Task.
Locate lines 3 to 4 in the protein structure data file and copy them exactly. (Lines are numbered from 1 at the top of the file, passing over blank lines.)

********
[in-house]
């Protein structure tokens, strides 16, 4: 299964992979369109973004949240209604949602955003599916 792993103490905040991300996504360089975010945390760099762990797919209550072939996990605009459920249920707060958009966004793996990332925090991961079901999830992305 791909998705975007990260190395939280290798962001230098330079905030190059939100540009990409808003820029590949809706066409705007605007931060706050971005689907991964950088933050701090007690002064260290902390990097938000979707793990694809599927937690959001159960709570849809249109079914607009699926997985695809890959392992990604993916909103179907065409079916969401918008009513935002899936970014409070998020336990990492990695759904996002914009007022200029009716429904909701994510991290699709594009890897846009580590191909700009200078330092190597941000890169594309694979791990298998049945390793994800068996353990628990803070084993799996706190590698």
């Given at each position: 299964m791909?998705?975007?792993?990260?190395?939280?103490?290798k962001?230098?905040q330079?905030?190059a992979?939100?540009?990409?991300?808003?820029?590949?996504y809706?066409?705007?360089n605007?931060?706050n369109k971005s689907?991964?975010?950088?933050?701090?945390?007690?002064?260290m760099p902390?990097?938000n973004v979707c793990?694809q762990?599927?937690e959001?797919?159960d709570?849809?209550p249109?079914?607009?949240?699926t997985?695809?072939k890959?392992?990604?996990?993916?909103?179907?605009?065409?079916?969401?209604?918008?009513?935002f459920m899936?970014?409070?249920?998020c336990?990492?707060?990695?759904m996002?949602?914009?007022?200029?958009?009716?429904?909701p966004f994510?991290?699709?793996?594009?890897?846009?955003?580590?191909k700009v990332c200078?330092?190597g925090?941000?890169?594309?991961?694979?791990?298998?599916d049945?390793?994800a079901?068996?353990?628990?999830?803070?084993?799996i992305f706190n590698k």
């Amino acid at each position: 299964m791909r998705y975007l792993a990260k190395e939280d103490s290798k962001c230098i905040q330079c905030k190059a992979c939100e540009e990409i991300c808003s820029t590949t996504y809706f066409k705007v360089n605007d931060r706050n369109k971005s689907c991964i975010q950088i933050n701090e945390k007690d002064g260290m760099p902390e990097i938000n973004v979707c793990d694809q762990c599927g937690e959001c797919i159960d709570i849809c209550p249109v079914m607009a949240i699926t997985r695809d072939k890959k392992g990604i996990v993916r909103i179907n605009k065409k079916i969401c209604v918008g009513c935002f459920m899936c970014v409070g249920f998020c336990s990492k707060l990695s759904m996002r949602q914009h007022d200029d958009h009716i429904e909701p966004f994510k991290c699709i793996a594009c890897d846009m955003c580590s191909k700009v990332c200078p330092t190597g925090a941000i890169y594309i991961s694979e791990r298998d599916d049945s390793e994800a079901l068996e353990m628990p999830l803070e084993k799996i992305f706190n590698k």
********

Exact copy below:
């Given at each position: 299964m791909?998705?975007?792993?990260?190395?939280?103490?290798k962001?230098?905040q330079?905030?190059a992979?939100?540009?990409?991300?808003?820029?590949?996504y809706?066409?705007?360089n605007?931060?706050n369109k971005s689907?991964?975010?950088?933050?701090?945390?007690?002064?260290m760099p902390?990097?938000n973004v979707c793990?694809q762990?599927?937690e959001?797919?159960d709570?849809?209550p249109?079914?607009?949240?699926t997985?695809?072939k890959?392992?990604?996990?993916?909103?179907?605009?065409?079916?969401?209604?918008?009513?935002f459920m899936?970014?409070?249920?998020c336990?990492?707060?990695?759904m996002?949602?914009?007022?200029?958009?009716?429904?909701p966004f994510?991290?699709?793996?594009?890897?846009?955003?580590?191909k700009v990332c200078?330092?190597g925090?941000?890169?594309?991961?694979?791990?298998?599916d049945?390793?994800a079901?068996?353990?628990?999830?803070?084993?799996i992305f706190n590698k």
């Amino acid at each position: 299964m791909r998705y975007l792993a990260k190395e939280d103490s290798k962001c230098i905040q330079c905030k190059a992979c939100e540009e990409i991300c808003s820029t590949t996504y809706f066409k705007v360089n605007d931060r706050n369109k971005s689907c991964i975010q950088i933050n701090e945390k007690d002064g260290m760099p902390e990097i938000n973004v979707c793990d694809q762990c599927g937690e959001c797919i159960d709570i849809c209550p249109v079914m607009a949240i699926t997985r695809d072939k890959k392992g990604i996990v993916r909103i179907n605009k065409k079916i969401c209604v918008g009513c935002f459920m899936c970014v409070g249920f998020c336990s990492k707060l990695s759904m996002r949602q914009h007022d200029d958009h009716i429904e909701p966004f994510k991290c699709i793996a594009c890897d846009m955003c580590s191909k700009v990332c200078p330092t190597g925090a941000i890169y594309i991961s694979e791990r298998d599916d049945s390793e994800a079901l068996e353990m628990p999830l803070e084993k799996i992305f706190n590698k």